In terms of their ability to thrive, it really depends on the person. When
I got moved into an Emerging Technologies Librarian position, I had
virtually no CS or sysadmin background. But I was given space to learn and
experiment and I went out and found the knowledge I needed. I worked on
projects of my own conception and design, and built increasingly complex
things. When I needed more elbow room, I set it up for myself, and learned
something about systems administration in the process. Make no mistake, I
have no illusions about being the sharpest person around. Libraries need to
create space, be flexible with boundaries, and embrace mixed modalities
that stretch across the information spectrum. My Information Science
interests and training are as much a part of my development as immersion in
programming languages and development modalities. Too many academic
libraries that I've worked for, or worked with, were pathologically unable
to break out of anachronistic patterns which lead them nowhere. I agree
with Tom about modern development not making it into libraries. But a lot
of cracking good ideas from libraries, and the broader field of Information
Science are also not making their way into development in the way that they
should. If libraries want to be real academic units they need to explore
new academic ground, at the intersection of these concepts, much more
vigorously, and work to provide the space needed for the field and the
discipline to evolve.

Best regards,

*Jason Bengtson*

* <>*

On Thu, Dec 7, 2017 at 1:49 PM, Sarah Weissman <[log in to unmask]> wrote:

> As one of these rare weirdos who is a software developer with an MLS, my
> opinion from looking at jobs in the field is that one major barrier to
> hiring developers into librarian positions is salary. I got my MLS after
> having worked as a developer for a while, and after I finished my degree,
> the amount of money I could make as a developer even in a non-profit
> library/archives setting was significantly more than I could make in an
> entry level librarian position. (For example, Glassdoor lists average base
> pay for a software developer as $81,994 while average base pay for a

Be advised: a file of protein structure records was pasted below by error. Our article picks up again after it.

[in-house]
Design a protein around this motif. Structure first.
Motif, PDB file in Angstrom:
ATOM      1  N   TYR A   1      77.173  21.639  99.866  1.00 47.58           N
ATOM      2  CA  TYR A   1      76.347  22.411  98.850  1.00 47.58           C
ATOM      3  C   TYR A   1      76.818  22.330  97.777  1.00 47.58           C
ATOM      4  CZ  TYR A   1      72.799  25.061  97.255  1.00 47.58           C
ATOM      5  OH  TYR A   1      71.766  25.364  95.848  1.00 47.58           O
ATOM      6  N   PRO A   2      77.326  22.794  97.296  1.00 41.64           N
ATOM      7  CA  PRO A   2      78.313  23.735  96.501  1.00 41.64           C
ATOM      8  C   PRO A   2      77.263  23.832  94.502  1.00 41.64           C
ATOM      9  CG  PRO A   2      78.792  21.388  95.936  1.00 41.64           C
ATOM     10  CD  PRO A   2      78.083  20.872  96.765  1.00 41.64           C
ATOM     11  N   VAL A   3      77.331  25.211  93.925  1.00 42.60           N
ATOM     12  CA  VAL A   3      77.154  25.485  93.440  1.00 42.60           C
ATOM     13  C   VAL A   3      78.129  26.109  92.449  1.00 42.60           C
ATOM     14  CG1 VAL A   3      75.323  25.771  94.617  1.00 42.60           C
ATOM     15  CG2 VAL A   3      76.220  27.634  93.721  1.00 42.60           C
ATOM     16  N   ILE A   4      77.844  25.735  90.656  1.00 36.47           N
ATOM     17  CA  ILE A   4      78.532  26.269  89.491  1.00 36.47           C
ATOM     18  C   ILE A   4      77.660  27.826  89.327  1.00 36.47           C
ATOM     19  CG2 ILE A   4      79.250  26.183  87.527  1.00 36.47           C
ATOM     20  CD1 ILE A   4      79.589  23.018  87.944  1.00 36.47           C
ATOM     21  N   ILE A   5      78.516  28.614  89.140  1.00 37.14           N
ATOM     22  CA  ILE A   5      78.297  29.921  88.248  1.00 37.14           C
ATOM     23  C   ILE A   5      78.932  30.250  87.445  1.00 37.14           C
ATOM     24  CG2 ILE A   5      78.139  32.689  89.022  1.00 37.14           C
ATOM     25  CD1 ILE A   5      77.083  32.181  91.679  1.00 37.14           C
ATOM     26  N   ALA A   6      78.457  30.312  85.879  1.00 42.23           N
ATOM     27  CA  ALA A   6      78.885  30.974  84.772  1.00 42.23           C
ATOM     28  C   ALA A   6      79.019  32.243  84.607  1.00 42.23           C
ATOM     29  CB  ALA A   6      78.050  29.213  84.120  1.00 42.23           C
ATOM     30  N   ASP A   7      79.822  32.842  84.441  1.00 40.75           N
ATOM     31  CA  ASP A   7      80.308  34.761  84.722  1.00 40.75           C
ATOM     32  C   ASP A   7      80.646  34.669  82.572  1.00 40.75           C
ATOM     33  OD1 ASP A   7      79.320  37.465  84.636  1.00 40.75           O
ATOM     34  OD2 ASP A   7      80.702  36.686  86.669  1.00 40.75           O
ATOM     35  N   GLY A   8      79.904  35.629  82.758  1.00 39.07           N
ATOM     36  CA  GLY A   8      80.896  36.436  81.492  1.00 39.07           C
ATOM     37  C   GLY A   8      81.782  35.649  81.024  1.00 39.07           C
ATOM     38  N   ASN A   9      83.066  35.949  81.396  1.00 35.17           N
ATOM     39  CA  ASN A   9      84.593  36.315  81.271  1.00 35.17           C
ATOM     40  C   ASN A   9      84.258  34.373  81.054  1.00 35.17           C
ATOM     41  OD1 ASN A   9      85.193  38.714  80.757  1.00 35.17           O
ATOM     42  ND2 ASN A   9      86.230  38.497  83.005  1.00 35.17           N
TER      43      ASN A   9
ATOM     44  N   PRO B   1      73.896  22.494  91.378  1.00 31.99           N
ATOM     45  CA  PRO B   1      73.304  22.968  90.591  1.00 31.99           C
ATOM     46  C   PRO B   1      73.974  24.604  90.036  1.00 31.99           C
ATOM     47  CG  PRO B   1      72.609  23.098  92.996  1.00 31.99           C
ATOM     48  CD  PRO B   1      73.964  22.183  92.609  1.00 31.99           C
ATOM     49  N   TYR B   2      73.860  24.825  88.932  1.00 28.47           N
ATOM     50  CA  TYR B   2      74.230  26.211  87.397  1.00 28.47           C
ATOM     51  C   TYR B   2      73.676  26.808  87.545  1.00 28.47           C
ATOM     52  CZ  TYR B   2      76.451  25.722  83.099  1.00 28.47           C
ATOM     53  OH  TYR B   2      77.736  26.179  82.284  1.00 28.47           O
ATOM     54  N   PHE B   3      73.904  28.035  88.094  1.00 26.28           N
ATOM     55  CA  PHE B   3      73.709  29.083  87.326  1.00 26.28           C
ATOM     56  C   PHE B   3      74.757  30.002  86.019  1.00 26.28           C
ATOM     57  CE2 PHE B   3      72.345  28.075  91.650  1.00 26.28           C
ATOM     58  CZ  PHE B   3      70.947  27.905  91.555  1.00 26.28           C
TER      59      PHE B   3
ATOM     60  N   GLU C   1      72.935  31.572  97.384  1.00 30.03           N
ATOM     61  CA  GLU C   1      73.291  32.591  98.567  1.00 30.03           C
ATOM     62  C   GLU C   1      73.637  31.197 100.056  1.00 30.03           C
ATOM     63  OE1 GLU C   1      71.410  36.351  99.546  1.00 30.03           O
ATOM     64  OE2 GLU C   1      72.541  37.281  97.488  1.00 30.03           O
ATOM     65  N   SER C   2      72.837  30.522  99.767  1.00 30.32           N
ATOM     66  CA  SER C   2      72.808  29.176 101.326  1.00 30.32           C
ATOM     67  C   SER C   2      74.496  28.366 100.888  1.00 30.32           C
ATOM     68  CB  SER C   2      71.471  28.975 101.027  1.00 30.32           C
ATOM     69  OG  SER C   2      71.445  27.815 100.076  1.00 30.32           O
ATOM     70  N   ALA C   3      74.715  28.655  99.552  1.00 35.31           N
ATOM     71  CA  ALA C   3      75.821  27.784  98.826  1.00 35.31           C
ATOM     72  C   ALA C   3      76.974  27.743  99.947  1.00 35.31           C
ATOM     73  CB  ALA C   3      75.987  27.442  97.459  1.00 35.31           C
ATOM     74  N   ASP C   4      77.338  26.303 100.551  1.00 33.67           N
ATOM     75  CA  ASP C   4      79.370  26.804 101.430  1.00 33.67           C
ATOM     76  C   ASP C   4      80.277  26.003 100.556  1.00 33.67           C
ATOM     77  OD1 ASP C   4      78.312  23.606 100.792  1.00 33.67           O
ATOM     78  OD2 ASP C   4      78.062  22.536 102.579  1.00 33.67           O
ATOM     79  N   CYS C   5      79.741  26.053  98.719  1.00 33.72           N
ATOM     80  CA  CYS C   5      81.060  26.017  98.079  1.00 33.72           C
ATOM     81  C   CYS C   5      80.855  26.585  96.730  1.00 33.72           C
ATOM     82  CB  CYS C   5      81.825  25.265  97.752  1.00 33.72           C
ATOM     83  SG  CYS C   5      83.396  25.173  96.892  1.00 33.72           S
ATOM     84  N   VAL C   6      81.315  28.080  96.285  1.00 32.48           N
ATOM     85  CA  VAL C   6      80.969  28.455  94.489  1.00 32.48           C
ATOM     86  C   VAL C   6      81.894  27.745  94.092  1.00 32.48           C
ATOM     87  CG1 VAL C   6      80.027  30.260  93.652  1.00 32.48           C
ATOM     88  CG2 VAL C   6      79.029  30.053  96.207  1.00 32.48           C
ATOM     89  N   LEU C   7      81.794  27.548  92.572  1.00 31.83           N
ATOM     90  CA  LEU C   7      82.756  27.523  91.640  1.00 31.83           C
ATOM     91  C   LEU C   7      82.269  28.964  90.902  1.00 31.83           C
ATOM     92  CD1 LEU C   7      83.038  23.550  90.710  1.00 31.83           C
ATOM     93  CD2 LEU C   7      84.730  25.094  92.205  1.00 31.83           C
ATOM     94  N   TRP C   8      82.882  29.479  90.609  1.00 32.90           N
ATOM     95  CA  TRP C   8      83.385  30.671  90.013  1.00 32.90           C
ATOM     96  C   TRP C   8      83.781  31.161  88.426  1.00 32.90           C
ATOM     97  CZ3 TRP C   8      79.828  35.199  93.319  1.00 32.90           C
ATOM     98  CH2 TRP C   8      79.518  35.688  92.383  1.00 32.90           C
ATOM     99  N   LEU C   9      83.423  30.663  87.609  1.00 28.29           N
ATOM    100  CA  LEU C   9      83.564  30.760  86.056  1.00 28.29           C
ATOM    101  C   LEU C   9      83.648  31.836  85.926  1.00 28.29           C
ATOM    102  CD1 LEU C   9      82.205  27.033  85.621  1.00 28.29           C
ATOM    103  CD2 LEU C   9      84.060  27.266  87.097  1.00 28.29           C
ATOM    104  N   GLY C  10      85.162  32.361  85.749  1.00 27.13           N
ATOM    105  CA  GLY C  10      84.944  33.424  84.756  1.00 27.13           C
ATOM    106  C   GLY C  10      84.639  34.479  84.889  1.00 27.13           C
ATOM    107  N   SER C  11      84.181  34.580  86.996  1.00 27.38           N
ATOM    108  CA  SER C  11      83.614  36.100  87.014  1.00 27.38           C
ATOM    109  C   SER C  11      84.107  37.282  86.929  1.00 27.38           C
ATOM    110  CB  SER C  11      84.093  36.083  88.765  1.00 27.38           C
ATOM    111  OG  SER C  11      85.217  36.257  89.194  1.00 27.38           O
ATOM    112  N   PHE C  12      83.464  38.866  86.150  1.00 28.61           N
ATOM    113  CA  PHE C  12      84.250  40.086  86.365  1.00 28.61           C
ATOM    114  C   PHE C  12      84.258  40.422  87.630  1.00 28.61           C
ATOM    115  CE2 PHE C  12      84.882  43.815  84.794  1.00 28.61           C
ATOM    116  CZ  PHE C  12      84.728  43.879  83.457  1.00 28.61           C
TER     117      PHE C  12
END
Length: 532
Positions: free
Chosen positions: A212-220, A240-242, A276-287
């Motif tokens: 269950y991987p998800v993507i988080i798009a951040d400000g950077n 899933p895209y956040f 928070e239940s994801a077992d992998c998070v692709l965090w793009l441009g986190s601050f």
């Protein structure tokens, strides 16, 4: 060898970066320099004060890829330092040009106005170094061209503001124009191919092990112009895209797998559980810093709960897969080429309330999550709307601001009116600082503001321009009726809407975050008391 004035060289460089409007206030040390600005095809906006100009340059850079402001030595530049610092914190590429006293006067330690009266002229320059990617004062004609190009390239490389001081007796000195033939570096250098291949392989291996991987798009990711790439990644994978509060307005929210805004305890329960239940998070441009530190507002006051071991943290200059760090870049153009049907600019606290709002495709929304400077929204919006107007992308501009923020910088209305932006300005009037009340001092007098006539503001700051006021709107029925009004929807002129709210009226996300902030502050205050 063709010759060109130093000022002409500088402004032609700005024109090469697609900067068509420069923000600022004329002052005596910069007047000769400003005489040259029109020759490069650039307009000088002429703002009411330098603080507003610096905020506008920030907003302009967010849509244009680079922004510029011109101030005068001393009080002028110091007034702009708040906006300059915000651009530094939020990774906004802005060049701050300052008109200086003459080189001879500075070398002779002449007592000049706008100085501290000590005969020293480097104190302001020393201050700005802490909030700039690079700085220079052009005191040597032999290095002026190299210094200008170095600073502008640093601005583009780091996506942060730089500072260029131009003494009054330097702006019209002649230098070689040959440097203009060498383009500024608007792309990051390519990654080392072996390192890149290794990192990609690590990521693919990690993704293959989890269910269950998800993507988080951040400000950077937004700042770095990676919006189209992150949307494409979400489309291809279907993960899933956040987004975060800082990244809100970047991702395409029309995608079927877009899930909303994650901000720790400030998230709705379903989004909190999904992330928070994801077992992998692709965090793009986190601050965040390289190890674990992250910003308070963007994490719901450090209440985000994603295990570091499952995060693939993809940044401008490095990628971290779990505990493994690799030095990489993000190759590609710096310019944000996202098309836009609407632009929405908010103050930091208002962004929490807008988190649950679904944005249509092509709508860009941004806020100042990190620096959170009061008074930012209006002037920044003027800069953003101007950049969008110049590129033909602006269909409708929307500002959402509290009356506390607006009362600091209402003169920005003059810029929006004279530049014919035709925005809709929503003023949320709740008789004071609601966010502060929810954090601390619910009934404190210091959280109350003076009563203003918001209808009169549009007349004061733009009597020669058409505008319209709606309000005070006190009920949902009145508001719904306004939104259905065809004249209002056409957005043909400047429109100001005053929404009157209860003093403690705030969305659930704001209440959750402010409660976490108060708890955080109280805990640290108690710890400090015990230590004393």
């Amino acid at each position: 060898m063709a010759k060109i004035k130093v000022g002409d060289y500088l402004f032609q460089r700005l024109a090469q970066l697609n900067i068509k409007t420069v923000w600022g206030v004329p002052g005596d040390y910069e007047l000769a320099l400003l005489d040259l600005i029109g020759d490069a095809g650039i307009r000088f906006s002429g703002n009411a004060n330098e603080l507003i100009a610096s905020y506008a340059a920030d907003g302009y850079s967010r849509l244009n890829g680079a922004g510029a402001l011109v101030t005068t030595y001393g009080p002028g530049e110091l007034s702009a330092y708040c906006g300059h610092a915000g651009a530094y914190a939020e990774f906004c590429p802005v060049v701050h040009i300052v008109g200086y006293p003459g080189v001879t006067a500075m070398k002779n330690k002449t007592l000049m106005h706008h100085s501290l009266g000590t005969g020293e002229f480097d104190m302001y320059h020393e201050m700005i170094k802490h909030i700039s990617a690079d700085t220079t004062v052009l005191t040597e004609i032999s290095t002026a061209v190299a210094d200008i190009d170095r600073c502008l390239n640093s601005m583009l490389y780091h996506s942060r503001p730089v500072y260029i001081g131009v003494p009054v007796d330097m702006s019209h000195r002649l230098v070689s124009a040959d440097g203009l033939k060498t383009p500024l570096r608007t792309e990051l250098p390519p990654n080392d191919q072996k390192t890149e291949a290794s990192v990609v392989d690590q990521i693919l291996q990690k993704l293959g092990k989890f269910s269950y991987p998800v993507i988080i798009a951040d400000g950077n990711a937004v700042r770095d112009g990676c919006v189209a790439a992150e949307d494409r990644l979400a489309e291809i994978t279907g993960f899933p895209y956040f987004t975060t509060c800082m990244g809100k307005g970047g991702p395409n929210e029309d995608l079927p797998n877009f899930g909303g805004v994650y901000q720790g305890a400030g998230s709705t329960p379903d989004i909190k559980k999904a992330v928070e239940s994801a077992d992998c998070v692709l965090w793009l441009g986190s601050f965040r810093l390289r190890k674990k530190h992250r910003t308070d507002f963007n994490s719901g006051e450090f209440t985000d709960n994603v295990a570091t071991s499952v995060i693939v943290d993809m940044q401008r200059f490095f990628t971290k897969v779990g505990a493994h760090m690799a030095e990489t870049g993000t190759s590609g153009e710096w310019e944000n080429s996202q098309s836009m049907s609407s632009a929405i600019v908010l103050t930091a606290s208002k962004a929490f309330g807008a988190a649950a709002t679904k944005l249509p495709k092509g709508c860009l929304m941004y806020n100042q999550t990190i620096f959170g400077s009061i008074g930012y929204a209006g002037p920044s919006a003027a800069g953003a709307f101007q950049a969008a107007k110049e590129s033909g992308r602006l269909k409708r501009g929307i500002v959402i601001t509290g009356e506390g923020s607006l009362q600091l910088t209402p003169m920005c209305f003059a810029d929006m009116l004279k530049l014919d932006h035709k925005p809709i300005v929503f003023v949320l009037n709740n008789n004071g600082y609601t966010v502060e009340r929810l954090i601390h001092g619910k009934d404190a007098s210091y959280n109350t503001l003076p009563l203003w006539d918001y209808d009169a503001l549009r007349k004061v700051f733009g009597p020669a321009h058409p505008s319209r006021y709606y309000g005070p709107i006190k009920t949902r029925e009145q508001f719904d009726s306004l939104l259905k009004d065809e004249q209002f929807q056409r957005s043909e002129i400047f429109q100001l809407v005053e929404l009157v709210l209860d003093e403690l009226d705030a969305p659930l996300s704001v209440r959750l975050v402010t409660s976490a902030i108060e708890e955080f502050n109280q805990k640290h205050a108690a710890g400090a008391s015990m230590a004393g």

> systems librarian is $55,664.) So, while I would have loved to be an
> official “librarian,” I wound up not applying for any positions with that
> title.
> It may be possible to find someone right out of school with a CS degree
> and an MLS who has no work experience and is looking for an entry level
> developer or librarian position, although I have never met anyone who took
> this academic path. Also, this person would probably not thrive as a
> software developer unless they were part of a larger team with more
> experienced developers.
> -Sarah
> On 12/7/17, 2:02 PM, "Code for Libraries on behalf of Edward Iglesias" <
> [log in to unmask] on behalf of [log in to unmask]> wrote:
>     Sometimes you get lucky as I did when I got two developers as
>     interns/student workers.  If you need someone in that position I would
> say
>     put it in the job requirements.  There are MLS librarians with CS
>     undergrads or developer experience.  They are just few and far between.
>     I've also seen Systems postions that work with or supervise developer
>     positions.  Sometimes you can get away with outsourcing the
> development and
>     having the internal Systems person act as a liaison/PM.
>     Edward Iglesias
>     On Thu, Dec 7, 2017 at 6:10 AM, Samson, Bob <[log in to unmask]> wrote:
>     > I have a question regarding staff development and I am hoping
> someone can
>     > provide some advice.  I have two vacant librarian positions in my
> Library
>     > Systems department.  I need to fill those vacancies with
> software/systems
>     > developers in order to move our initiatives forward.  We have
> encountered
>     > reluctance on the part of our human resources to repurpose those
> librarian
>     > positions into developer positions.
>     >
>     > Has anyone had success in posting Systems Librarian positions using
>     > education and experience requirements consistent with software
> developers?
>     > We have sufficient flexibility in hiring librarians, but the skill
> sets
>     > differ significantly between librarians and developers.  Ideally, we
> would
>     > want someone with backgrounds in computer science rather than library
>     > science, for example.  I'm curious to know if anyone has tried this
> and
>     > been successful.
>     >
>     > Bob Samson
>     > Head of Library Systems & Technology
>     > University of Texas at Arlington
>     >